Financial Regulation

  • February 15, 2018
    Guest Post

    by Christopher Wright Durocher, Senior Director of Policy Development and Program, ACS 

    Acting director of the Consumer Financial Protection Bureau, Mick Mulvaney (who also serves as director of the Office of Management and Budget), once called the CFPB a “sick, sad” joke that “some of us would like to get rid of. . .” In the three months since he has taken charge of the consumer watchdog agency, Mulvaney has appeared intent on delivering his own punchline to that joke.

  • November 27, 2017
    Guest Post

    by Paul Bland, Executive Director, Public Justice

    It has become common knowledge in Washington that, if you want to bury bad news, the best time to do so is on a Friday afternoon, or over a holiday weekend. So it is especially telling that, when it came time to strike at one of the most effective agencies in the federal government, the Trump Administration chose a two-for and announced its plans for the Consumer Financial Protection Bureau on Friday evening over Thanksgiving weekend. While most of the country was (the White House hoped) distracted by black Friday sales and family gatherings, President Trump announced he had installed Mick Mulvaney – who once referred to the CFPB as a “sad sick joke” – as acting director of the agency. The move is just the latest in a long line of Presidential appointments designed to dismantle government agencies from the inside by placing their fiercest critics in charge of their work. But Trump’s move at the CFPB is probably illegal, politically risky, and could backfire in a big way.

  • October 27, 2017
    Guest Post

    by Isaac Bowers, Director of Law School Engagement & Advocacy, Equal Justice Works

    Many students reading this have an idea of what they want to do after they graduate law school. Whether it is to work in your community as a public defender, join a prestigious law firm as a new associate, or clerk for a judge at the state or federal level, each of you have chosen a different path to take. One option many law students forego in the hopes of a high paying private sector job is working in the public sector. This can include working for the government, a 501(c)3 nonprofit, or various legal aid organizations across the country. To better prepare yourself for a career in the public sector, there are many things you should know, and an important program you should fight to protect.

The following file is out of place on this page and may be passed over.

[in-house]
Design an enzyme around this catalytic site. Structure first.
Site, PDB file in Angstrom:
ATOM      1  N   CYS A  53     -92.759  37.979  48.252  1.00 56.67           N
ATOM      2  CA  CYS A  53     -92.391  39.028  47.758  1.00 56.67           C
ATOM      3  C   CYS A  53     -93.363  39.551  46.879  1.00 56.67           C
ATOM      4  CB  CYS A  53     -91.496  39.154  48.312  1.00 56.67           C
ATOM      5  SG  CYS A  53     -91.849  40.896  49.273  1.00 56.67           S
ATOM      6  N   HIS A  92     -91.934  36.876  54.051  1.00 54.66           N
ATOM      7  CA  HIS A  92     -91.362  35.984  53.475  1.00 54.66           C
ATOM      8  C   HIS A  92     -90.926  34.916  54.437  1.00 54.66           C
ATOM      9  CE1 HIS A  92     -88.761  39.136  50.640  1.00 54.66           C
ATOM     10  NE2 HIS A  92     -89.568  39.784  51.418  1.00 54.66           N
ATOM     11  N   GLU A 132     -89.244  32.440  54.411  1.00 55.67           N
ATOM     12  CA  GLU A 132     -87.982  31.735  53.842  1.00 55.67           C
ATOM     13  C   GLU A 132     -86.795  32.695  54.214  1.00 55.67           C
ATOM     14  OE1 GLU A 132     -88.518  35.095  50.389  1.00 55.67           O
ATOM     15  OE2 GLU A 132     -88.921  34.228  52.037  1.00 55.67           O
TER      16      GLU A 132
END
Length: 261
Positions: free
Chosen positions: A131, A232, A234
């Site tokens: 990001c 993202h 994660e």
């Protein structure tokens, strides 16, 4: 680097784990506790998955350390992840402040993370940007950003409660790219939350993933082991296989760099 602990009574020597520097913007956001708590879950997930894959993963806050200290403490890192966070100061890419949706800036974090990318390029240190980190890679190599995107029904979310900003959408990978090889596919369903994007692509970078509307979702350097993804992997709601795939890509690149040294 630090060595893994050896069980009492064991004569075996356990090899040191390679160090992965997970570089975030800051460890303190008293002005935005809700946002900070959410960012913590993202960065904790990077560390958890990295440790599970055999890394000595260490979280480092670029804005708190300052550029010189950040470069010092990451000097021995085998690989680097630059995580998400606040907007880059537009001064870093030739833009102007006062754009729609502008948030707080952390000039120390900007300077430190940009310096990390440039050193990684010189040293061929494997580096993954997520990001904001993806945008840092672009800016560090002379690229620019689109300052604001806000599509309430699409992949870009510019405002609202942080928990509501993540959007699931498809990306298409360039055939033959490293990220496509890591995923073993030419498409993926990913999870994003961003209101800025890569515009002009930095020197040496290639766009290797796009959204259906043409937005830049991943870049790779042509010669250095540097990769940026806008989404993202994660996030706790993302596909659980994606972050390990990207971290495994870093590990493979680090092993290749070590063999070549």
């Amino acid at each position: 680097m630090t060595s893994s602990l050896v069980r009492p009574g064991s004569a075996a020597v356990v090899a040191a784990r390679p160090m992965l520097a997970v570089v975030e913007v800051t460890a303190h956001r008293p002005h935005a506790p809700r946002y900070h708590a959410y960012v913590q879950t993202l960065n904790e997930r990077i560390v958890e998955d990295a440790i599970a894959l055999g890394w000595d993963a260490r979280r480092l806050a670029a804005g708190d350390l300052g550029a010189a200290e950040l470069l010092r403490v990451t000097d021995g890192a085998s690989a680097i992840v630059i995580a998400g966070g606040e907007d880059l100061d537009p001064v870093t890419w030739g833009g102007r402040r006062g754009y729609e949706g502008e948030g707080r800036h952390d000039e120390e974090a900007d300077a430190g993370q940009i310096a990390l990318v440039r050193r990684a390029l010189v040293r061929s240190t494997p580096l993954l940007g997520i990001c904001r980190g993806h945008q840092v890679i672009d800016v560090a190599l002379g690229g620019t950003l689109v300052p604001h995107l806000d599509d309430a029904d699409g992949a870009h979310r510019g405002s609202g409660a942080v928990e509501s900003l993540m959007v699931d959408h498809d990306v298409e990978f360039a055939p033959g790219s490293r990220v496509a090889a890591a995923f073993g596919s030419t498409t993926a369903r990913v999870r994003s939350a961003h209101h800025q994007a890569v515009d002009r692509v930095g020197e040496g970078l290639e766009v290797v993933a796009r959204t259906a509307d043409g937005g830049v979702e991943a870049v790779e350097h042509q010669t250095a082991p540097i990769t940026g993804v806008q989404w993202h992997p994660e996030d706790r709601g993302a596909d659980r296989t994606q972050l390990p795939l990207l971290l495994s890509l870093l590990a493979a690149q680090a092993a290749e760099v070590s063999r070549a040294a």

• August 31, 2017
    Guest Post

    by Dan Froomkinstacks on stacks

    The ultra-high-end real estate business, where Donald Trump made a lot of his money, is the easiest place for oligarchs and others to launder large amounts of illicit cash.

    And because several of the lawyers on special counsel Robert Mueller’s team investigating Russian connections with the Trump presidential campaign are specialists in money-laundering and other financial crimes, some observers are speculating that he may be looking into Trump's past business dealings to see if any of those connections are relevant to the matter at hand.

  • February 22, 2017
    Guest Post

    by Maura Healey, Attorney General of Massachusetts*

    To pay for the hallmarks of a decent middle-class life, American families have found it increasingly necessary to borrow money. We tell our children that a college degree is essential for their success in the modern economy, but few students can afford the ever-increasing costs of higher education without incurring student loans. (1) We extoll the virtues and benefits of homeownership, but the high cost of housing requires most homeowners to have a mortgage loan. (2) As middle-class wages have remained stagnant, consumers have looked to credit to pay for essential expenses like transportation, medical bills, and childcare. As a result, many American households find themselves deeply in debt.

    Too often, these debts have proven to be disastrous. Countless students sought to learn essential job skills and borrowed heavily to do so, but instead became the victims of high-cost, fraudulent, for-profit schools that offered no meaningful vocational training. (3) Homeowners across the country are still grappling with the consequences of the predatory subprime mortgage loans that caused the financial crisis of 2008. (4) While debt may allow some families to succeed, debt cripples the aspirations and ambitions of many others— approximately seventy-seven million Americans have at least one delinquent debt on their credit report. (5) 

    Given the challenges that consumer debt poses to the economic security of so many people, I applaud the Harvard Law & Policy Review for devoting this issue to discussing the rights and obligations of creditors and debtors and to the appropriate policy responses to America’s ongoing struggles with debt.